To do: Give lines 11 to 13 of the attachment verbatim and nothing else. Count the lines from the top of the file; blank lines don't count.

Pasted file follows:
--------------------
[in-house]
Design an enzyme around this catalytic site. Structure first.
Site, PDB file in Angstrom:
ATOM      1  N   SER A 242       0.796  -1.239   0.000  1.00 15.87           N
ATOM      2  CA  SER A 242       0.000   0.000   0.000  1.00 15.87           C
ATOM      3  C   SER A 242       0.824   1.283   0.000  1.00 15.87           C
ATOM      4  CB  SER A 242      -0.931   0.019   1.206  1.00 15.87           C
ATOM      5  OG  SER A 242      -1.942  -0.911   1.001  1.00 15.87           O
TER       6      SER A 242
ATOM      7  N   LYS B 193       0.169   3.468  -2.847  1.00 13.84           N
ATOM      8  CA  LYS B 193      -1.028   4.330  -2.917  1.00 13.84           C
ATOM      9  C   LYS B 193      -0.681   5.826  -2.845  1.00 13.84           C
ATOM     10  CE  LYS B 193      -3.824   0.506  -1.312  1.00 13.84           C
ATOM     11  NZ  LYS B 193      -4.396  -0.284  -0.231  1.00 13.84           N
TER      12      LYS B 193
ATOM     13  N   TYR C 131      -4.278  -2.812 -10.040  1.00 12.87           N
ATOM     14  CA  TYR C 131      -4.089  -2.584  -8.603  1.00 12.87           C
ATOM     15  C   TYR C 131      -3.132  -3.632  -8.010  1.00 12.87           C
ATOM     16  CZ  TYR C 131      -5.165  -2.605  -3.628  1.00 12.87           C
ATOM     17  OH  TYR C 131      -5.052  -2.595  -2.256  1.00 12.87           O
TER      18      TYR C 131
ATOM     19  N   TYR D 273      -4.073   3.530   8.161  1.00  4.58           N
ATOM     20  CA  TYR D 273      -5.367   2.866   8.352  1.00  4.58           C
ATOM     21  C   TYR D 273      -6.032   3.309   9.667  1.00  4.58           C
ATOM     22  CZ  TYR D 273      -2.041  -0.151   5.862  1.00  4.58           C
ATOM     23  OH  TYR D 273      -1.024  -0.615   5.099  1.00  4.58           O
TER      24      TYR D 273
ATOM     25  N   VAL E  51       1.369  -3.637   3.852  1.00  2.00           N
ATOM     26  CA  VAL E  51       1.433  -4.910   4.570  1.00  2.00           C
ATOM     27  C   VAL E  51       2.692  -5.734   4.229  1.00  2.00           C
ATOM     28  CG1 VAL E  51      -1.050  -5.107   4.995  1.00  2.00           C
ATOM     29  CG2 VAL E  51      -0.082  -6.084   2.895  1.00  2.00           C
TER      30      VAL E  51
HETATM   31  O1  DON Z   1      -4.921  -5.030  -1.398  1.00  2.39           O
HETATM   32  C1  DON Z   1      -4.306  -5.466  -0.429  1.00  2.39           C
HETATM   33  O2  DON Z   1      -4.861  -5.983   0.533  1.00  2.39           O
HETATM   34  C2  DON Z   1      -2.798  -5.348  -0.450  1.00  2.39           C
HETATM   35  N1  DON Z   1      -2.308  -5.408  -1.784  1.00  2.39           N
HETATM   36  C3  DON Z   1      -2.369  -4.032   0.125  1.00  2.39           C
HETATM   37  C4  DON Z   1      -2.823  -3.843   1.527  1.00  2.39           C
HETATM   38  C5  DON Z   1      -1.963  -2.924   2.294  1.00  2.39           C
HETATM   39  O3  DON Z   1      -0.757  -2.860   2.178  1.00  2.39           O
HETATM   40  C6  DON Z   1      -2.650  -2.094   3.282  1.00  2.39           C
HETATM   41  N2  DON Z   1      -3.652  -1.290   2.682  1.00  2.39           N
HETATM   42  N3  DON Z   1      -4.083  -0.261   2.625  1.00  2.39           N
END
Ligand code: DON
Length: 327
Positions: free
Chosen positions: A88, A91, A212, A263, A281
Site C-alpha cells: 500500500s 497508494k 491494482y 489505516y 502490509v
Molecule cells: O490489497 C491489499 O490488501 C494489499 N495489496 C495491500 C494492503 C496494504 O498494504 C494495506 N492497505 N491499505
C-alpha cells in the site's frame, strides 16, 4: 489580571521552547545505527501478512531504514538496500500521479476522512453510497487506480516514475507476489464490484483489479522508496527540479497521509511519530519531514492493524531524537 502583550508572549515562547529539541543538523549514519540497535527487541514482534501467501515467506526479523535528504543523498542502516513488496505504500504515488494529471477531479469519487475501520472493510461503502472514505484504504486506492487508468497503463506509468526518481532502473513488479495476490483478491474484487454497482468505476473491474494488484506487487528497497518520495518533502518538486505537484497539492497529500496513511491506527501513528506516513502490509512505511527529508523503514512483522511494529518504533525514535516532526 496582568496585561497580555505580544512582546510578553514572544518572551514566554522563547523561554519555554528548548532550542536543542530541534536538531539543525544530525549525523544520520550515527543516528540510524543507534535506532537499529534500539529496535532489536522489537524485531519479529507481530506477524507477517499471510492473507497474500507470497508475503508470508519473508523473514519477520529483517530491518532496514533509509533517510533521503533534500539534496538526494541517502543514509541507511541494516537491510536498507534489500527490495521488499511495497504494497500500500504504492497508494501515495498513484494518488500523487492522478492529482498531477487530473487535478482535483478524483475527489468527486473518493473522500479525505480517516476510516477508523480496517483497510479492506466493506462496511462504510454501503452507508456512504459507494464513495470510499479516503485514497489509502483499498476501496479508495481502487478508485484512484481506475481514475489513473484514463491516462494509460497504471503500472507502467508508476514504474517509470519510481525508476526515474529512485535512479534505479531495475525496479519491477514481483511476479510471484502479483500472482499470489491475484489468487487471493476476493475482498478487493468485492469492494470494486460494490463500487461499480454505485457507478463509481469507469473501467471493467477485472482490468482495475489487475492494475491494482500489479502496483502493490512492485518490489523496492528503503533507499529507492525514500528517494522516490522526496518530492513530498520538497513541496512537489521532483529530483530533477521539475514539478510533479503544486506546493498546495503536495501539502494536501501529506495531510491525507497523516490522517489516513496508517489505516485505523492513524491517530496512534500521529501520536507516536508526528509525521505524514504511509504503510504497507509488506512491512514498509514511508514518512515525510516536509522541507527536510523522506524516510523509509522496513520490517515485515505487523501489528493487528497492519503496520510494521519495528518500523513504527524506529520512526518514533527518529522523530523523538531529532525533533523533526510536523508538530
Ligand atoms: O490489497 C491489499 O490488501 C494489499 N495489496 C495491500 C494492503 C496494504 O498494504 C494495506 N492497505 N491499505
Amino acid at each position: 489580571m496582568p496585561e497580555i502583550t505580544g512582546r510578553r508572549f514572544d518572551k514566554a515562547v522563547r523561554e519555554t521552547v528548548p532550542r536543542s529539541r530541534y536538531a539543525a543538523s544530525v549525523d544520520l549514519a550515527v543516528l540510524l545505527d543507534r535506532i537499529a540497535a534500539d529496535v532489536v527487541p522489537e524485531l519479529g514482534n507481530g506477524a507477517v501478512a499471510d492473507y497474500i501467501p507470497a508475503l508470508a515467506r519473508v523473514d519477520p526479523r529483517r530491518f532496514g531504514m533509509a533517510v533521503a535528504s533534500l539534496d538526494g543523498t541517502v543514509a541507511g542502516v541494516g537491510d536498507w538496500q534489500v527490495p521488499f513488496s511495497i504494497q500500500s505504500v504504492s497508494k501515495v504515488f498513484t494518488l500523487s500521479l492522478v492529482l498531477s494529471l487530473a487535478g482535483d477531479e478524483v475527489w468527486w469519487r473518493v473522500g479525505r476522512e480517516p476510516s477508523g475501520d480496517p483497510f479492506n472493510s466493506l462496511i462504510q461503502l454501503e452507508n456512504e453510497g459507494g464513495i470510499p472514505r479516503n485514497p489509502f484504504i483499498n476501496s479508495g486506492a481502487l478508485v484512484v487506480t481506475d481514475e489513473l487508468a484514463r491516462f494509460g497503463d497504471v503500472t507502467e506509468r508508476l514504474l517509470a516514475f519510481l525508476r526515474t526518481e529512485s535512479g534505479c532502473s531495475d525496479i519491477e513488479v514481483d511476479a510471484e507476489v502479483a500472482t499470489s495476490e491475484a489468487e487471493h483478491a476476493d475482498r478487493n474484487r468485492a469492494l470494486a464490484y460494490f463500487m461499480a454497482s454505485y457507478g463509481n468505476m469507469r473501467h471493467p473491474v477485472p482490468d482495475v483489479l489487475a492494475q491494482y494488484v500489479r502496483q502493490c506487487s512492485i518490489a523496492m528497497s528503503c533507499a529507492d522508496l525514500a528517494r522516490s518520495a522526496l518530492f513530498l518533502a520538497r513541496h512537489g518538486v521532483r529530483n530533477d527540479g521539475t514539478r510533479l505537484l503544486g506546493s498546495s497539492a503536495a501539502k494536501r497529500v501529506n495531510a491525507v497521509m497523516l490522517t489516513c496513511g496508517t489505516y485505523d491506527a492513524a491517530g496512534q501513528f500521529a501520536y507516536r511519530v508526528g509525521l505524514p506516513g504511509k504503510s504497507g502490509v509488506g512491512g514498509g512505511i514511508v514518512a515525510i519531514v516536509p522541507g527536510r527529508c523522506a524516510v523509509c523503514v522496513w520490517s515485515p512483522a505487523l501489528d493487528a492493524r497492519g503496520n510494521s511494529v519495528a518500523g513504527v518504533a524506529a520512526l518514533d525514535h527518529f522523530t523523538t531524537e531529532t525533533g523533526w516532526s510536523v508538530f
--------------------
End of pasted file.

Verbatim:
ATOM      8  CA  LYS B 193      -1.028   4.330  -2.917  1.00 13.84           C
ATOM      9  C   LYS B 193      -0.681   5.826  -2.845  1.00 13.84           C
ATOM     10  CE  LYS B 193      -3.824   0.506  -1.312  1.00 13.84           C